5 symptoms of content strategy failure (and how to get it back on track)

Courtesy image

By SocialMediaToday

Considering the amount of ads thrust under our noses, is it any wonder that we’re ignoring the majority? Your favorite TV program is interrupted with ads for soap powder, newspapers are full of ads promoting weight gain or weight loss magic remedies, a country drive is marred by billboards splashed with images of junk food.

An increasing number of people are now using ad-blockers online, and we head to the kitchen to make a coffee during commercial breaks. People are no longer seeing advertisements in the same way they used to.

But we still seek out new information every day. We want to be inspired and educated, we want to laugh at jokes and be outraged by controversy.

We’re looking for advice on what to eat, what to buy, what to wear. People are looking for authentic content to help them make decisions.

Businesses, recognizing this shift in consumer behavior, have killed the hard-sell tactics. Brand-speak has been humanized to appeal to the modern consumer shift.

Content is the new advertisement

Effective brand content doesn’t promote a product – it targets a consumer pain point and demonstrates how that product will help solve the problem.

Illustration via SocialMediaToday

These days, content marketing needs to be part of your marketing tactics. Producing quality content – blog posts, videos, white papers, podcasts, case studies, quizzes, infographics – will help you meet your various marketing goals and KPIs:

– Increased traffic to your website

– Enhanced social media strategy

– Higher page ranking in search engine results

– Recognized as an industry expert

– Targeted PPC ads

– Stay top-of-mind with customers and prospects

– Higher conversion rates

– Reduced churn

Research shows that 47% of buyers view at least 3–5 pieces of content before they contact a sales representative, and content marketing costs 62% less than traditional marketing.


If only it was so easy.

A content strategy doesn’t last forever.

Not only does it have to be flexible, but it also has to evolve. Brands grow up, expand, change. A customer base can alter overnight. Products are terminated, and new ones launched.

Illustration via SocialMediaToday

If you want to stay ahead of the game – an industry leader – your content strategy has to be reviewed and updated regularly.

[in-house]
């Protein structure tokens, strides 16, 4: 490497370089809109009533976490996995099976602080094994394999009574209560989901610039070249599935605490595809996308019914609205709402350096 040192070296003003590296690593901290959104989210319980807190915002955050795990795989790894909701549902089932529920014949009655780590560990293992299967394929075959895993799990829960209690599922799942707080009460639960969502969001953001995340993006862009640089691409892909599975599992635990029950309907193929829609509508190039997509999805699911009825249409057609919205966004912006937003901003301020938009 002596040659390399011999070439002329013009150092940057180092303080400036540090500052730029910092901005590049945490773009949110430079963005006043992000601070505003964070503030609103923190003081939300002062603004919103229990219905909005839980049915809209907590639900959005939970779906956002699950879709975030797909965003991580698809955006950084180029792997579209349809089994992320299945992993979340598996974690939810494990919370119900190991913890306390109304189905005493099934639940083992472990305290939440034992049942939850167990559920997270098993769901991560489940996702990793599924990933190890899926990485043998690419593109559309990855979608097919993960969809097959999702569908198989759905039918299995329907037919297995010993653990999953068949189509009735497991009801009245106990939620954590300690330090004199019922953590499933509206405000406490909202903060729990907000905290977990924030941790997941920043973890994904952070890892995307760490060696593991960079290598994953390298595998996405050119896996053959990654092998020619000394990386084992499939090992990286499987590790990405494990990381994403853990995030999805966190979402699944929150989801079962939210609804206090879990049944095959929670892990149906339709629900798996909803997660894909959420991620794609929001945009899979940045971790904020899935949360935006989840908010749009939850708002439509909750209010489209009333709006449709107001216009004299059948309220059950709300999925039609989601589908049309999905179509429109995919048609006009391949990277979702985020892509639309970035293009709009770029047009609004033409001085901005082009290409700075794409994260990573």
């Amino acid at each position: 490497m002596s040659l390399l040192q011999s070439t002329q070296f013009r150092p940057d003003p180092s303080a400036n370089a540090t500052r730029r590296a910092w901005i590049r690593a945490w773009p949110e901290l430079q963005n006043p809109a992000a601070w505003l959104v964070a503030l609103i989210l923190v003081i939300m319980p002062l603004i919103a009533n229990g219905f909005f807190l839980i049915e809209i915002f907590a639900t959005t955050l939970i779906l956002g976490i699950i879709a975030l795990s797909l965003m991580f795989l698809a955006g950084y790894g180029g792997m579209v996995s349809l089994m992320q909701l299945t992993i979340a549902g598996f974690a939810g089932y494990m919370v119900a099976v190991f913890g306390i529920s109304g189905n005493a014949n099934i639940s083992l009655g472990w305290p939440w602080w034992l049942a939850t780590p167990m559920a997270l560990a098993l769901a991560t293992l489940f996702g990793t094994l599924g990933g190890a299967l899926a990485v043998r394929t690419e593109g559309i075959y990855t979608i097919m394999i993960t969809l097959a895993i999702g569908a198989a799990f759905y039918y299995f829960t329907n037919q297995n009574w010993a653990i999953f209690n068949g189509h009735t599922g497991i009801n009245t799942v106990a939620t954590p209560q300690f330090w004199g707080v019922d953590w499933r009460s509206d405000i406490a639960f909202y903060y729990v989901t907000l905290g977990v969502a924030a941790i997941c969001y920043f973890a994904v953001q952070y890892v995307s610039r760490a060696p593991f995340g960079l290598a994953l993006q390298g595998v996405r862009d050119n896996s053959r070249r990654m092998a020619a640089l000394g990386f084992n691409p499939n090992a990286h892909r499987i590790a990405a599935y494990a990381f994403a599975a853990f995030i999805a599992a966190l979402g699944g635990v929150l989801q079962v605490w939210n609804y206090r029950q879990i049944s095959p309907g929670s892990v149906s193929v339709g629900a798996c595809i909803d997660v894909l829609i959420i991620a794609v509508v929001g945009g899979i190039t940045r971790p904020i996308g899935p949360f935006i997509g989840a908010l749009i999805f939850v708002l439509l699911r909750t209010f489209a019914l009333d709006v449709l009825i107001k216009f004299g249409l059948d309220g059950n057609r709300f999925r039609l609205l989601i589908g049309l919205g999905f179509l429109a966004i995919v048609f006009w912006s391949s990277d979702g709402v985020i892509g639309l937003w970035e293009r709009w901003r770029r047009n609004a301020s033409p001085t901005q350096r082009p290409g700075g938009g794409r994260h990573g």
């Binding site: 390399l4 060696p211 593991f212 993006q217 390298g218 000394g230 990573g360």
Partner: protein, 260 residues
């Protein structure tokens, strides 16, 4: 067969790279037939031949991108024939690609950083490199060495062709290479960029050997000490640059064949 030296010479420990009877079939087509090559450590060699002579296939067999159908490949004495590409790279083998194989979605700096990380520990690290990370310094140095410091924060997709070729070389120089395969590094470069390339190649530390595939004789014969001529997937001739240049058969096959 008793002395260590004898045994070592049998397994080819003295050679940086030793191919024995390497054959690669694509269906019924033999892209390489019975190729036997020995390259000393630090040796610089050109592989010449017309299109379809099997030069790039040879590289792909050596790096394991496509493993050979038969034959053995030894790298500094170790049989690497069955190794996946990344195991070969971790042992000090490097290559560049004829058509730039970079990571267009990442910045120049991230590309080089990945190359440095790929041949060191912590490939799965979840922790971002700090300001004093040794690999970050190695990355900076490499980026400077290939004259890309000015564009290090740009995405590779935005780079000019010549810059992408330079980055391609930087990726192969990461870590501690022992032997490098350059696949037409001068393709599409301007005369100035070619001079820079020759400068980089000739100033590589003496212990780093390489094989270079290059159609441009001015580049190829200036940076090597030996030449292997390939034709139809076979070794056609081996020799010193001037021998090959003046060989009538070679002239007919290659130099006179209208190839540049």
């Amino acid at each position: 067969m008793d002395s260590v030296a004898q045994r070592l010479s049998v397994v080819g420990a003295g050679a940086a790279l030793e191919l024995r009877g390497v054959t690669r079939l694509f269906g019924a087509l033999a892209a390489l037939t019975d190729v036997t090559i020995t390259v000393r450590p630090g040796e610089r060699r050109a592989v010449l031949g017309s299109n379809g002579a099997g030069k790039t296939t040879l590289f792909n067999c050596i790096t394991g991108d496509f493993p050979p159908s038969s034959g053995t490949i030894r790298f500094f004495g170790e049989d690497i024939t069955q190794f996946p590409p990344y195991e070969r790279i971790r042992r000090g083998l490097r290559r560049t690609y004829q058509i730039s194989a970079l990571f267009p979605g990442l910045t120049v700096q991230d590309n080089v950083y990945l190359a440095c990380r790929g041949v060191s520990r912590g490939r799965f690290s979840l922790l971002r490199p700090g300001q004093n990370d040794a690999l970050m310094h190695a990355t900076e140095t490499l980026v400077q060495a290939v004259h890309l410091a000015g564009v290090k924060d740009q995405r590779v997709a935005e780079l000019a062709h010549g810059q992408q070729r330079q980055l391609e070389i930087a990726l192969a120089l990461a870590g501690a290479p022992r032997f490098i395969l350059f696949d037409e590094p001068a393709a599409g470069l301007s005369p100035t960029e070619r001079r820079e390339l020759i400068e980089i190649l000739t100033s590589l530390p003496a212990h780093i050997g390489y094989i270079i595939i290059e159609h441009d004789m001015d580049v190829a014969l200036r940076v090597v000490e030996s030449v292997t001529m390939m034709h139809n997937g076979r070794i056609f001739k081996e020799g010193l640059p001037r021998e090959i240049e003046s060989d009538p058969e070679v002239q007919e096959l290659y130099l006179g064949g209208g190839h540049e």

Or, in the case of failure… trashed and recreated. Sometimes over and over again.

How to know if your content strategy is failing

There are signs. If you see any of the following symptoms, it’s time to take action… and fast.

Numbers are dropping

– Social media traffic

– Page views

– Overall website traffic

– Revenue

– Time spent on site

– Conversions

Social media

How are your social media accounts performing? If your follower growth is static, and engagement is reducing, it’s time to take action

Which social channels is your target audience using? You’re wasting precious time if you’re pushing hard on Twitter, while your audience is sharing photos on Instagram.

Does your tone of voice resonate with the social channel? With your audience? Talking ‘street’ on LinkedIn probably won’t generate positive engagement.

Is your content channel-appropriate? YouTube obviously loves video, while Instagram craves images. If you’re posting all your awesome videos on Twitter, you’ll probably never reap what posting on YouTube would bring.

Posting long-form content on LinkedIn, while your audience languishes on Twitter, is a non -starter.

Search engine ranking

Last week, you were showing up on page 1 – this week, page 9. Devastating, but not irreparable.

It’s time to update your SEO strategy

What keywords are consumers using in searches? Are you using them in your content?

Did Google update its algorithm? Have you accommodated this change?

Is your website easy to use? Is it 100% responsive? Loading time is good? Navigation is user-friendly?

You can use a social listening tool – like Talkwalker – to monitor consumers online conversations, helping you identify keywords and trends which are likely impacting your business.

What keywords are your competitors using? Are you using them too? Monitoring your competitors’ keywords should also be part of your competitive intelligence strategy.

To Top